The Pyramid Texts
Pyramid Texts represent the oldest known collection of ancient Egyptian hieroglyphic inscriptions containing what is often called religious texts, elaborate spells (or utterances), hymns, prayers, thousands of lines of fragments of myths and legends, references to mortuary and funerary rites, historical events, festivals. There are also references to astronomical lore and cosmology .
The texts were meticulously recorded on the walls of the pyramids of the kings Unas of the 5th Dynasty, and Teti, Pepi I, Merenre and Pepi II of the 6th Dynasty. All these rulers of Egypt from the 2400 BC to 2200 BC were buried at Saqqara, the ancient necropolis of Memphis.
At first, the texts were intended to protect a dead king or queen and ensure life and sustenance in the afterlife. By the end of the Old Kingdom, specific chapters of the texts were used in non-royal tombs belonging to regional governors and other men of high status.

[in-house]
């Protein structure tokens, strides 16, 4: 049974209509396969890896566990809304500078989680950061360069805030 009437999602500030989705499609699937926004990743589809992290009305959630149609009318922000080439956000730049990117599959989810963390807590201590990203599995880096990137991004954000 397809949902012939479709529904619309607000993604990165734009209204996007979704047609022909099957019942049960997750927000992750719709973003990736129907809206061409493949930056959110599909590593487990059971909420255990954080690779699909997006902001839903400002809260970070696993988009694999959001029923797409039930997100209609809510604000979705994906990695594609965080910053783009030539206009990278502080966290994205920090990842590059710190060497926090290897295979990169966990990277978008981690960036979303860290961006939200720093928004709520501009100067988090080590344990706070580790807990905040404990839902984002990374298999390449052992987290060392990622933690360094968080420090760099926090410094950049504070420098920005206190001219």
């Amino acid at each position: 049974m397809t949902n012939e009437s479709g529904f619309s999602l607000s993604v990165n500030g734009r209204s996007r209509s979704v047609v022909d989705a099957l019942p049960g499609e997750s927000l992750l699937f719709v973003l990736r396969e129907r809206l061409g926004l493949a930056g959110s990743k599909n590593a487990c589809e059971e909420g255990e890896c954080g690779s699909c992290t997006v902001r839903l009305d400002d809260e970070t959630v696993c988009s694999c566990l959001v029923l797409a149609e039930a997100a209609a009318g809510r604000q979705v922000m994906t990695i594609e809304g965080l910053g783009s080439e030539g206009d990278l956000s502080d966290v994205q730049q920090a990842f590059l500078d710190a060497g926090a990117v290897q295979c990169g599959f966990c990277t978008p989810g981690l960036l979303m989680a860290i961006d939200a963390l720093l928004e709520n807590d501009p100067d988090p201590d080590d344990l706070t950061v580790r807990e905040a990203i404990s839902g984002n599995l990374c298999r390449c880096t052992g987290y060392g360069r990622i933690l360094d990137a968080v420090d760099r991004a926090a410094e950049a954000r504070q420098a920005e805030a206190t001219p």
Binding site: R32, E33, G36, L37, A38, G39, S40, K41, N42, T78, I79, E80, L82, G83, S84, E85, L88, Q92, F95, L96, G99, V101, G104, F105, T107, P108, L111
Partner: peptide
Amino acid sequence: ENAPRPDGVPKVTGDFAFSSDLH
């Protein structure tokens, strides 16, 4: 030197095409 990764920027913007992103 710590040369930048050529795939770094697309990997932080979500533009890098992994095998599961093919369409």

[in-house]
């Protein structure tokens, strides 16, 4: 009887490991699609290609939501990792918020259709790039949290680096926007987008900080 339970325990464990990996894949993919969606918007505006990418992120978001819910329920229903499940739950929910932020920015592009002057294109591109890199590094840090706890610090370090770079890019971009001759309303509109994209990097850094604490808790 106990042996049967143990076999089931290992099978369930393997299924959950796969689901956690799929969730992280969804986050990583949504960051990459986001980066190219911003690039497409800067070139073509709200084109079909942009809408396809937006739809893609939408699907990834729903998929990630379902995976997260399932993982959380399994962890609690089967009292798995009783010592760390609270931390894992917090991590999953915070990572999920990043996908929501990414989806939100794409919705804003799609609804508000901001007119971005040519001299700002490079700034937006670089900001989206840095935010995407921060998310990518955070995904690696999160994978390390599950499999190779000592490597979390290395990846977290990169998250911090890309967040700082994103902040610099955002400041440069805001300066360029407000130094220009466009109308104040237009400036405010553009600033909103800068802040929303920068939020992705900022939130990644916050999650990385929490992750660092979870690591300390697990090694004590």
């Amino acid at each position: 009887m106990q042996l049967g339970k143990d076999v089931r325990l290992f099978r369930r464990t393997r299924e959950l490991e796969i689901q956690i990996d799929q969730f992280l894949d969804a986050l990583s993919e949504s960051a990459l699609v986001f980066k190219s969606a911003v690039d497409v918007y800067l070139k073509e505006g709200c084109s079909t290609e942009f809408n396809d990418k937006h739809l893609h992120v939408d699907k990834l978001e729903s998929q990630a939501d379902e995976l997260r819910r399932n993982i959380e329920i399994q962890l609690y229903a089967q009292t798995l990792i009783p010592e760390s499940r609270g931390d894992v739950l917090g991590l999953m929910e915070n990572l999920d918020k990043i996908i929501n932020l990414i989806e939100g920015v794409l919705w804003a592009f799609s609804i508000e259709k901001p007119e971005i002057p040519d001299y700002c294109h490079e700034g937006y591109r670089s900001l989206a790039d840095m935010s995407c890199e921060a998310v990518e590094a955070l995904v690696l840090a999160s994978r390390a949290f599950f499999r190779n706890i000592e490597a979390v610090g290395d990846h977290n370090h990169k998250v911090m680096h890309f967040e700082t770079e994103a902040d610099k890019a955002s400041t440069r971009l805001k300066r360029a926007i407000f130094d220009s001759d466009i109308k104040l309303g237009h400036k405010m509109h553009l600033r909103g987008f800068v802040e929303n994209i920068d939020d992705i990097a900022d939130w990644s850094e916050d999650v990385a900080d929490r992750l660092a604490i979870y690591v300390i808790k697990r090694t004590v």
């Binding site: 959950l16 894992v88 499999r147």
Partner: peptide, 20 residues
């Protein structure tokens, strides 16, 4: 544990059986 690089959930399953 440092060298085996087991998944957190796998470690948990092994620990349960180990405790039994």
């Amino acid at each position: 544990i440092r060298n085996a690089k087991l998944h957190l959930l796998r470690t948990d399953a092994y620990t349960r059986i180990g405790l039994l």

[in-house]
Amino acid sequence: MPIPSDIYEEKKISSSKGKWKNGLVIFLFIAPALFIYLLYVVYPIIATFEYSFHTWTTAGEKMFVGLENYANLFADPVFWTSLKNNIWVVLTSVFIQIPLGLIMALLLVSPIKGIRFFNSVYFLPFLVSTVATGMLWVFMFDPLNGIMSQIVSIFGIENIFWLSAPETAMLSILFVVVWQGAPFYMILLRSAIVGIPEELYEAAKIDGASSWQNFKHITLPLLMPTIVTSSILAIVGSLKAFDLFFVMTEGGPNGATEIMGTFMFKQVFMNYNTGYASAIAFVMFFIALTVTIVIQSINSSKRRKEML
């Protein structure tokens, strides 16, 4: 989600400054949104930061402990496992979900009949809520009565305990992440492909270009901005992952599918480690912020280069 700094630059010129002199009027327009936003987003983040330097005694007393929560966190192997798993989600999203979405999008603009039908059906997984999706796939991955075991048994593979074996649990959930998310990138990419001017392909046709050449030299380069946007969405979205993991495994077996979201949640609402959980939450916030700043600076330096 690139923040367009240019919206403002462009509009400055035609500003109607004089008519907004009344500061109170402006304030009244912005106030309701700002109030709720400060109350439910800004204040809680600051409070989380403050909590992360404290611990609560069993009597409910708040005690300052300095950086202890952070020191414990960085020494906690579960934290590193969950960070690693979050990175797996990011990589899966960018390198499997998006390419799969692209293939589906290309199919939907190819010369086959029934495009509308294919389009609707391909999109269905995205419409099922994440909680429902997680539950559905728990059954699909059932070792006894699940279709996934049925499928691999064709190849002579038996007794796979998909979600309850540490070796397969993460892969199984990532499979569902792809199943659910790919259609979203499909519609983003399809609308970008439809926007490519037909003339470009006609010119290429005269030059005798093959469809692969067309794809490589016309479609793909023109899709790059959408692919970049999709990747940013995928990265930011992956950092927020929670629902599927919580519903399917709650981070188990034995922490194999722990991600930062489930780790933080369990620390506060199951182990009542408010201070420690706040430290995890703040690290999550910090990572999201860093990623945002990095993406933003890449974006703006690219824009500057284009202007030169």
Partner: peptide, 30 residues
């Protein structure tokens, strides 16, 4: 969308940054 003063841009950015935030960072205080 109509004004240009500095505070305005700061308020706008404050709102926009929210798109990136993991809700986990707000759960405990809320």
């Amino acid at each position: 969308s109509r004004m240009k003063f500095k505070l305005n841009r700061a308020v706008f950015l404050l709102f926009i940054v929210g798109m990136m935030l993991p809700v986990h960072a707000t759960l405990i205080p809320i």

Unlike later texts, they did not include images but consisted only of purely hieroglyphic writings, divided into paragraphs called Utterances (spells) and seams to be meant to be chanted by those who were reciting them.
The earliest known example of the Pyramid Texts is that found in the pyramid of Unas (Unis) of the 5th Dynasty (2735-2345 BC). Unas was the first pharaoh to have the Pyramid Texts carved and painted inside his pyramid. This tradition was later followed by his successors until the First Intermediate Period (c. 2160-c. 2050 BC).
Translated by Samuel Alfred Browne Mercer